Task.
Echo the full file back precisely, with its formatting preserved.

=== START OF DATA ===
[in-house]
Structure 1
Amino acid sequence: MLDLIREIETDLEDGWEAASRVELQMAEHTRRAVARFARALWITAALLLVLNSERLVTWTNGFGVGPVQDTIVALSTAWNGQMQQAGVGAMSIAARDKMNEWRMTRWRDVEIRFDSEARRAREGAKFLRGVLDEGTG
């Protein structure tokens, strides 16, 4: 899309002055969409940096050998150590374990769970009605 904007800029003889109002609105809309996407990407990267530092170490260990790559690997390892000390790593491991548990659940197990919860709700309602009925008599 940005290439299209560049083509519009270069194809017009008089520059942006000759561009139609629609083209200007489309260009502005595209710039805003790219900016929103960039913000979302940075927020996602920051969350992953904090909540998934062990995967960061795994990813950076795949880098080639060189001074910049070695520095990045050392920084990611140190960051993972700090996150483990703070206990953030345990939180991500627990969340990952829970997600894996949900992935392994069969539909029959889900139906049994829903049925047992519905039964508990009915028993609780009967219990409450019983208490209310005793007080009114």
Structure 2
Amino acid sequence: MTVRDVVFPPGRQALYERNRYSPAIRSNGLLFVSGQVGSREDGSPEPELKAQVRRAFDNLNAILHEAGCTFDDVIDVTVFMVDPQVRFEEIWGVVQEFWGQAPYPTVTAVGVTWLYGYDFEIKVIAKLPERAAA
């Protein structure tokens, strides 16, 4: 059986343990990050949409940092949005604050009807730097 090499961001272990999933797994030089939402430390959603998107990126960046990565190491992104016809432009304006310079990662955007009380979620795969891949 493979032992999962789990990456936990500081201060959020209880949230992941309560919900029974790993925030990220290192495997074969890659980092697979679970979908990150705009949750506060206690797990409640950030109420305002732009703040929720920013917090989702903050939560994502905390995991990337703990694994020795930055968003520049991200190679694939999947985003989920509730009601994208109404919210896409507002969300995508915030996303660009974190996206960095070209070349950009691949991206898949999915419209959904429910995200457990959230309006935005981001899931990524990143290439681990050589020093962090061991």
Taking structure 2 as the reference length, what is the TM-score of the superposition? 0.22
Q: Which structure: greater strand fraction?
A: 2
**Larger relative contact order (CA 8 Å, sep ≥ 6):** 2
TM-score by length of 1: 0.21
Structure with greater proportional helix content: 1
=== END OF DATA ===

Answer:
[in-house]
Structure 1
Amino acid sequence: MLDLIREIETDLEDGWEAASRVELQMAEHTRRAVARFARALWITAALLLVLNSERLVTWTNGFGVGPVQDTIVALSTAWNGQMQQAGVGAMSIAARDKMNEWRMTRWRDVEIRFDSEARRAREGAKFLRGVLDEGTG
């Protein structure tokens, strides 16, 4: 899309002055969409940096050998150590374990769970009605 904007800029003889109002609105809309996407990407990267530092170490260990790559690997390892000390790593491991548990659940197990919860709700309602009925008599 940005290439299209560049083509519009270069194809017009008089520059942006000759561009139609629609083209200007489309260009502005595209710039805003790219900016929103960039913000979302940075927020996602920051969350992953904090909540998934062990995967960061795994990813950076795949880098080639060189001074910049070695520095990045050392920084990611140190960051993972700090996150483990703070206990953030345990939180991500627990969340990952829970997600894996949900992935392994069969539909029959889900139906049994829903049925047992519905039964508990009915028993609780009967219990409450019983208490209310005793007080009114």
Structure 2
Amino acid sequence: MTVRDVVFPPGRQALYERNRYSPAIRSNGLLFVSGQVGSREDGSPEPELKAQVRRAFDNLNAILHEAGCTFDDVIDVTVFMVDPQVRFEEIWGVVQEFWGQAPYPTVTAVGVTWLYGYDFEIKVIAKLPERAAA
């Protein structure tokens, strides 16, 4: 059986343990990050949409940092949005604050009807730097 090499961001272990999933797994030089939402430390959603998107990126960046990565190491992104016809432009304006310079990662955007009380979620795969891949 493979032992999962789990990456936990500081201060959020209880949230992941309560919900029974790993925030990220290192495997074969890659980092697979679970979908990150705009949750506060206690797990409640950030109420305002732009703040929720920013917090989702903050939560994502905390995991990337703990694994020795930055968003520049991200190679694939999947985003989920509730009601994208109404919210896409507002969300995508915030996303660009974190996206960095070209070349950009691949991206898949999915419209959904429910995200457990959230309006935005981001899931990524990143290439681990050589020093962090061991």
Taking structure 2 as the reference length, what is the TM-score of the superposition? 0.22
Q: Which structure: greater strand fraction?
A: 2
**Larger relative contact order (CA 8 Å, sep ≥ 6):** 2
TM-score by length of 1: 0.21
Structure with greater proportional helix content: 1